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Foreign minister can't be in denial of foreign policy failures: Anand Sharma

'The foreign minister cannot have the luxury of denial but should answer for the failures'

PTI New Delhi Published 19.07.20, 03:53 PM
Congress leader Anand Sharma

Congress leader Anand Sharma PTI

Senior Congress leader Anand Sharma hit out at external affairs minister S. Jaishankar on Sunday, saying he cannot be in denial of the "failures" of foreign policy and should answer them instead.

A day after Jaishankar's defence of India's foreign policy, the senior spokesperson of the Congress said engagements with strategic partners demand seriousness and cannot be trivialised and reduced to event management.

He also hit out at the external affairs minister for referring to the Balakote and Uri strikes, saying he should not politicise or monopolise the country's armed forces.

"Amused by foreign minister S. Jaishankar's defence of a directionless foreign policy. Rhetoric and tweets do not change ground reality. Neighbourhood first has been a priority of India's foreign policy but sadly derailed by a cavalier approach," Sharma said.

Noting that India and Nepal have historically shared a relationship based on trust, friendship and mutual respect, the former Union minister said, "The present drift and tension are a matter of national concern."

"The foreign minister cannot have the luxury of denial but should answer for the failures," he said in a series of tweets.

"Foreign policy must have gravitas and depth. Engagements with strategic partners demand seriousness and cannot be trivialised and reduced to event management. You may create illusions by your optics, but history will judge you by outcomes," Sharma said.

Jaishankar hit out at Congress leader Rahul Gandhi on Friday for his criticism of the government's foreign policy, saying India's major partnerships are stronger, international standing is higher and it engages China on more equal terms politically under the Narendra Modi dispensation.

"Pakistan (that you skipped) surely notes the difference between Balakot and Uri on the one hand, and Sharm-el-Sheikh, Havana and 26/11 on the other. Ask yourself," Jaishankar said, attacking Gandhi over his comments.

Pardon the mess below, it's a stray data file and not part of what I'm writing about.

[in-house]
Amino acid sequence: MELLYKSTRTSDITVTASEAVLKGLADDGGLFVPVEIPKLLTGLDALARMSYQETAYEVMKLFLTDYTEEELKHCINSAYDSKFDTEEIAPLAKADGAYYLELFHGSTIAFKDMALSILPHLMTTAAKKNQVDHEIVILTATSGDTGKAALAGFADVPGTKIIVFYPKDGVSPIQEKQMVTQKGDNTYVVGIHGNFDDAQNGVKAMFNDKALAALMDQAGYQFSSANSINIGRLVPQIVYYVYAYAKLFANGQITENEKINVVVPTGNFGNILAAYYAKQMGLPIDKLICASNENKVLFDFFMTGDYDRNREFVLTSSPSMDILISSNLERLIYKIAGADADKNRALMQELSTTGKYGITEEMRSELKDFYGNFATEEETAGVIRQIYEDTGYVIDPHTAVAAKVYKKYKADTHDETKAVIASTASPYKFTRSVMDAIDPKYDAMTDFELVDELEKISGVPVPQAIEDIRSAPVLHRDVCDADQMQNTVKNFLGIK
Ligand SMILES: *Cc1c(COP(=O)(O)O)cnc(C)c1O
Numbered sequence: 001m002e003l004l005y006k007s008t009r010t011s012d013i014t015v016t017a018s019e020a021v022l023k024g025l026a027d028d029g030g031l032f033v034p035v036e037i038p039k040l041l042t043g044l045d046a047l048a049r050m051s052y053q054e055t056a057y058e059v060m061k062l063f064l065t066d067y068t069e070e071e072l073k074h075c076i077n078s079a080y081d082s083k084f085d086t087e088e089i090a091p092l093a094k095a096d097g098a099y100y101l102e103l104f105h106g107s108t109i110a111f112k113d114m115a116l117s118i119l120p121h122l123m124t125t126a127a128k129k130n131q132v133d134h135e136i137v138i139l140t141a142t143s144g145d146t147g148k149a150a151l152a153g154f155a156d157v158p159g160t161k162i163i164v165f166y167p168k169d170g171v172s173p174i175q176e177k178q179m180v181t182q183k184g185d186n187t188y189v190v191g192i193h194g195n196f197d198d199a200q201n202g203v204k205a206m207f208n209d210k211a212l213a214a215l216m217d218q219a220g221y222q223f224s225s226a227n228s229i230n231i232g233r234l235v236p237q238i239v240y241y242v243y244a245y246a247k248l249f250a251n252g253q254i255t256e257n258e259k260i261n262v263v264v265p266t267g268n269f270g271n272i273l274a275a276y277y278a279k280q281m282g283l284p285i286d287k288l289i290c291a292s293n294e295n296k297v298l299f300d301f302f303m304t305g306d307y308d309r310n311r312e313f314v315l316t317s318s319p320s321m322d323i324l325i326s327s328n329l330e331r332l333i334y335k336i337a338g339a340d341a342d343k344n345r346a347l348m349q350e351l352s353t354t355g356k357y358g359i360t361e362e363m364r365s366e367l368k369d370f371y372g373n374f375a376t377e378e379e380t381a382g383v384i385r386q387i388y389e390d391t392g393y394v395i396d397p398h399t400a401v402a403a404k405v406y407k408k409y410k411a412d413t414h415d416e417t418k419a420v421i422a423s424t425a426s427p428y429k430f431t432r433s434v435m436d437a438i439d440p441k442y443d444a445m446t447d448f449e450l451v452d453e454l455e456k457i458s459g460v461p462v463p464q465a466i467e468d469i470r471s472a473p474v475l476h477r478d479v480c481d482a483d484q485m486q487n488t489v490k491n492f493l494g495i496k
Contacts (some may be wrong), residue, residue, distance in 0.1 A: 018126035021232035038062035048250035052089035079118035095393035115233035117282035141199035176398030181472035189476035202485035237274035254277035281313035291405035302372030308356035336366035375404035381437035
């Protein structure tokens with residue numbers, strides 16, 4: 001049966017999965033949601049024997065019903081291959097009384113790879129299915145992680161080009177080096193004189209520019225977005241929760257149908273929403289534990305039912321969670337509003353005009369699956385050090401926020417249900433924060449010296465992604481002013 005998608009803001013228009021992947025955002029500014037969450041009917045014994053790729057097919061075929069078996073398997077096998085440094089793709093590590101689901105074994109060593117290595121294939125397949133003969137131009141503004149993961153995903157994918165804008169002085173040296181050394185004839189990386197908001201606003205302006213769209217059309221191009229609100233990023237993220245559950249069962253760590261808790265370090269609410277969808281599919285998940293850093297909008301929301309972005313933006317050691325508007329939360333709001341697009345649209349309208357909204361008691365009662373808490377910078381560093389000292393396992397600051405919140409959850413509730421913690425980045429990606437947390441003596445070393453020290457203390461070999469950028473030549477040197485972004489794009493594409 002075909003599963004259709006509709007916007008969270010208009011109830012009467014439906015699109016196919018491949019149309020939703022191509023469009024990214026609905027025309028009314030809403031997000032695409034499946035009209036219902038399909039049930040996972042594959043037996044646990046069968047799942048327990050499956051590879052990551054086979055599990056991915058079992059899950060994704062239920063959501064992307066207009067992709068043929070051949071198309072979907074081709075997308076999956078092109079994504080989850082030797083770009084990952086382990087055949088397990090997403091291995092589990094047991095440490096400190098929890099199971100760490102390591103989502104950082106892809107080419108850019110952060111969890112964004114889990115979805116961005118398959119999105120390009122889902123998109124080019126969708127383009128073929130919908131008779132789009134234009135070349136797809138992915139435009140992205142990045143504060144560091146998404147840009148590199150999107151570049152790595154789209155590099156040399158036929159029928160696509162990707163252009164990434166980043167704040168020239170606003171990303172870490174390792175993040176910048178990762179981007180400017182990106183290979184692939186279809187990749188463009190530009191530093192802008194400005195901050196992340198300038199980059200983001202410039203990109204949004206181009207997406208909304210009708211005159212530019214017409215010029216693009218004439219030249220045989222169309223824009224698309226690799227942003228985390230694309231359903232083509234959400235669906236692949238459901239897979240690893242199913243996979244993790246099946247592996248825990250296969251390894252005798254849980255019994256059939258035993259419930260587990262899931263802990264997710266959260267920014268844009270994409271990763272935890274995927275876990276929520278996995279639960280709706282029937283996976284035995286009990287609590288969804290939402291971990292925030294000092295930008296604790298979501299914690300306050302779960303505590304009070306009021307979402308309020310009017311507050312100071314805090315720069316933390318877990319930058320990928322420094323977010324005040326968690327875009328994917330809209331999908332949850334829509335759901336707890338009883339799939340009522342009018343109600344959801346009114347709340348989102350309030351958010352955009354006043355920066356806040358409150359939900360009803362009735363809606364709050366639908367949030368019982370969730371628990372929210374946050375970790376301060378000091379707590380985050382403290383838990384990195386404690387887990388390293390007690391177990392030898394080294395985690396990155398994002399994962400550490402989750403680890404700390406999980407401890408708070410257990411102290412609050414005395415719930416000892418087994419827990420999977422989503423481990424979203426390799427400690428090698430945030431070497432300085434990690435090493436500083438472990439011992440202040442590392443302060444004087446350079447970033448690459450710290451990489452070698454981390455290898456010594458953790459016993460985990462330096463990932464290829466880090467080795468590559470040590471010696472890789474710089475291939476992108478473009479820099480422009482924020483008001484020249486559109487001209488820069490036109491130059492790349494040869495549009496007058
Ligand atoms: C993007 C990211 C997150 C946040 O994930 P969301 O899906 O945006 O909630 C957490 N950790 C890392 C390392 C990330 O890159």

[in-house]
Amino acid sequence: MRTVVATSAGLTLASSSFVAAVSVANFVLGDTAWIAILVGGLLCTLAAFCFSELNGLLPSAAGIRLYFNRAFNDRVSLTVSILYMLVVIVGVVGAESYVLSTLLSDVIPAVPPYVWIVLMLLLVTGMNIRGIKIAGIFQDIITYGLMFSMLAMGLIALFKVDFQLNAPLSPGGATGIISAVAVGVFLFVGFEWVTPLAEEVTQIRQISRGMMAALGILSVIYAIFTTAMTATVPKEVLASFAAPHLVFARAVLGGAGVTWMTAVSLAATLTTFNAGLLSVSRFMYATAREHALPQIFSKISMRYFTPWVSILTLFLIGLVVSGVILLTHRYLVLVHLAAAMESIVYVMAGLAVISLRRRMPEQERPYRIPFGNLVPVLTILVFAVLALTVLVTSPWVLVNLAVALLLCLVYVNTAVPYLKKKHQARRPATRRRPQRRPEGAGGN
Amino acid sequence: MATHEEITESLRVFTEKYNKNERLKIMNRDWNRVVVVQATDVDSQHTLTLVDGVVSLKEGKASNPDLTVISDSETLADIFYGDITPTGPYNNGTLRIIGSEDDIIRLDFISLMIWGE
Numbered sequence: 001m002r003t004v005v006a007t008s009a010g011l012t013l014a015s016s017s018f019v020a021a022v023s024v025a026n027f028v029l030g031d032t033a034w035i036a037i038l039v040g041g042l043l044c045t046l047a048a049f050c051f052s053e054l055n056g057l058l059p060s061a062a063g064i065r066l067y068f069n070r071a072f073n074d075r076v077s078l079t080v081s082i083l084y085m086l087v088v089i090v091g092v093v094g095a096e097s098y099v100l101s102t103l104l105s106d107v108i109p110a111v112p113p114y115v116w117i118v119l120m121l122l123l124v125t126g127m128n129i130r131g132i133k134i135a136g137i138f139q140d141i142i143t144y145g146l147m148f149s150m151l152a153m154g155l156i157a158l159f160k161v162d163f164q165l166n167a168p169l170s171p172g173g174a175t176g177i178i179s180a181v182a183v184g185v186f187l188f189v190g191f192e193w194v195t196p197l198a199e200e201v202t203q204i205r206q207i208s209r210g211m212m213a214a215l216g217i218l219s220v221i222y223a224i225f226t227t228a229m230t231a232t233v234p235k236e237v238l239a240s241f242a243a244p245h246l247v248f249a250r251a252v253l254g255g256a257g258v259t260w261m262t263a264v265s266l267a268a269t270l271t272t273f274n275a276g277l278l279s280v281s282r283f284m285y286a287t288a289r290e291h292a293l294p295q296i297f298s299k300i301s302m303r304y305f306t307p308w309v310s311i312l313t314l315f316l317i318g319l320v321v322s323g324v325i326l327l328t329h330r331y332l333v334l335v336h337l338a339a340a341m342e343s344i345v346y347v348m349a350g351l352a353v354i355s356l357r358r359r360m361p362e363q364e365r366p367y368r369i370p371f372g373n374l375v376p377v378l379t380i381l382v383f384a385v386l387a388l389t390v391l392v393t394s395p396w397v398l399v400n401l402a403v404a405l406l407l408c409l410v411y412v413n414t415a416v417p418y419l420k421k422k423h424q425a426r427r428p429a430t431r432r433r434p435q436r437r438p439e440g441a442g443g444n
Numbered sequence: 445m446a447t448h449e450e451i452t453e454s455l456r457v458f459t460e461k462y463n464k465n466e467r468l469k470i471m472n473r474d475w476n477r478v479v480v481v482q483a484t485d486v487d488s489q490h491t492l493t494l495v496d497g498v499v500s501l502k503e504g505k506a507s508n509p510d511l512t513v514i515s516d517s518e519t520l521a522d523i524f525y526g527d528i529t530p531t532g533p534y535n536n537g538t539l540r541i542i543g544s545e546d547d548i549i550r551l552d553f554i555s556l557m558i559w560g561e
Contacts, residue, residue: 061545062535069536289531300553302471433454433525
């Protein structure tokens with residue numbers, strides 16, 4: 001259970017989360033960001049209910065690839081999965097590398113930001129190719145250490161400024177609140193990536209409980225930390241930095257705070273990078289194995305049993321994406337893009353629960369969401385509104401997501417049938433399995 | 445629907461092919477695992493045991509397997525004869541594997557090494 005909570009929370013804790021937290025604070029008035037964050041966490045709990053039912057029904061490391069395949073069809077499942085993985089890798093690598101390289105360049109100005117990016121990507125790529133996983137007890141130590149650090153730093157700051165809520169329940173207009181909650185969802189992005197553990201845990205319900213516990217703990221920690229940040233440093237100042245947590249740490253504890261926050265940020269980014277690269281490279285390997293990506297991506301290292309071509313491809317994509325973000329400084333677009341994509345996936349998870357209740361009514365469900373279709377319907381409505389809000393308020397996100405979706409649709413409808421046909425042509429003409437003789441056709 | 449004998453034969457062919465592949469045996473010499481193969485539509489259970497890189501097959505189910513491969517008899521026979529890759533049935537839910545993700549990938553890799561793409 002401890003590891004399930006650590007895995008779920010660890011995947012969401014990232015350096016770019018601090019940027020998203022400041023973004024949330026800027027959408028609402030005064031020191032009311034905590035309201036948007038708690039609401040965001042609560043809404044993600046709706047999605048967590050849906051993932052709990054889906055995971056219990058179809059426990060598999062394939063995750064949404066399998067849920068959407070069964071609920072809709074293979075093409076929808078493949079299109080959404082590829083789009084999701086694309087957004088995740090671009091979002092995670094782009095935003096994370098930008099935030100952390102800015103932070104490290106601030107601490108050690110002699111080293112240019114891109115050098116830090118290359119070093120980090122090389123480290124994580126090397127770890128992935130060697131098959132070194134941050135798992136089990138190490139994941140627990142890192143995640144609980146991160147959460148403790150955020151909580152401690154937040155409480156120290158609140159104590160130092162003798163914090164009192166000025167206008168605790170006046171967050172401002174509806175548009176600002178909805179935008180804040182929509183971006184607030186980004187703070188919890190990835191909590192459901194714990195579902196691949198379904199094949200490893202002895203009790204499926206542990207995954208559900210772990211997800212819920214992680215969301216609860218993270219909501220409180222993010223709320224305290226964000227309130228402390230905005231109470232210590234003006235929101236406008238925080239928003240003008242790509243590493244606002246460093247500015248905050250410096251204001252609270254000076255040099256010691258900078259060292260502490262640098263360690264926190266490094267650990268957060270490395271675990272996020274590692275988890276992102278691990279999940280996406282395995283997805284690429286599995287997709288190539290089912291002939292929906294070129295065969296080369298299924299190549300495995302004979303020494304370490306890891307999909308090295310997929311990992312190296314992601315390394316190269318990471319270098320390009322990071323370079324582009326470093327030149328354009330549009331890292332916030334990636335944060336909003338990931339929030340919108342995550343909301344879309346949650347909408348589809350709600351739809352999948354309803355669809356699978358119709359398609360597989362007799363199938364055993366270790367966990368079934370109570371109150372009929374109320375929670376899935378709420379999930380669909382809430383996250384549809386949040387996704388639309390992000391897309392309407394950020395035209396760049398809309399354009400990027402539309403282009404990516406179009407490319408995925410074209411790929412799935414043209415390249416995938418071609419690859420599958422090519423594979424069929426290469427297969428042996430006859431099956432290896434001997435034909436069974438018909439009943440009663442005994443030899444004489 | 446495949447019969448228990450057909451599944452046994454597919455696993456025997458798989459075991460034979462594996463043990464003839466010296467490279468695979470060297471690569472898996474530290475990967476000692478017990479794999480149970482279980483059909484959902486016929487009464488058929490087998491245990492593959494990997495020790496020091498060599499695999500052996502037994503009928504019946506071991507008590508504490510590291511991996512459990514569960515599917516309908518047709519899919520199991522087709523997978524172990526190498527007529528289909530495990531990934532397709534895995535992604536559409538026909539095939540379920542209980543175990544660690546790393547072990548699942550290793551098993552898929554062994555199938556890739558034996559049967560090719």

The external affairs minister's no-holds-barred attack on Gandhi came after the former Congress chief, in a video message posted on Twitter, trained his guns on the government, saying over the last six years, India has been "disturbed and disrupted" with regard to its foreign policy and economy.

He shared his thoughts on why China chose to be aggressive now and alleged that Prime Minister Modi's "indiscretions" have weakened the country and left it vulnerable.

"Rahul Gandhi has questions on foreign policy. Here are some answers: Our major partnerships are stronger and international standing higher. Witness regular summits and informal meetings with US, Russia, Europe and Japan. India engages China on more equal terms politically. Ask the analysts," Jaishankar said in a series of tweets, in which he made a point-by-point rebuttal of the Congress leader's criticism.

India speaks its mind more openly now on issues such as the China Pakistan Economic Corridor (CPEC), China's Belt and Road initiative, South China Sea and UN-sanctioned terrorists, he said, adding, "ask the media".

Hitting back at the minister, Sharma said Jaishankar's reference to the Mumbai terror attack was "oddly out of place".

As a former ambassador and senior diplomat, he had articulated India's position, which, "for political expediency, he has chosen to criticise and disown", the Congress leader said.

"India's response was robust and mobilisation of International support exposed and isolated Pakistan. Why use Balakote, Uri and every brave action of Indian armed forces for partisan propaganda? Every Indian is proud of them," Sharma said.

"Do I have to remind that Indian Army, Airforce and Navy existed before May 2014 and their heroics and valour respected globally. Army belongs to the nation and fights under the tricolour. Advising in national interest. Do not politicise or monopolise our defence forces," he added said.

The Congress has been criticising the foreign policy of the Modi government, alleging that it has become "individual-centric", a charge denied by the government, which has said India's position and voice have strengthened globally.

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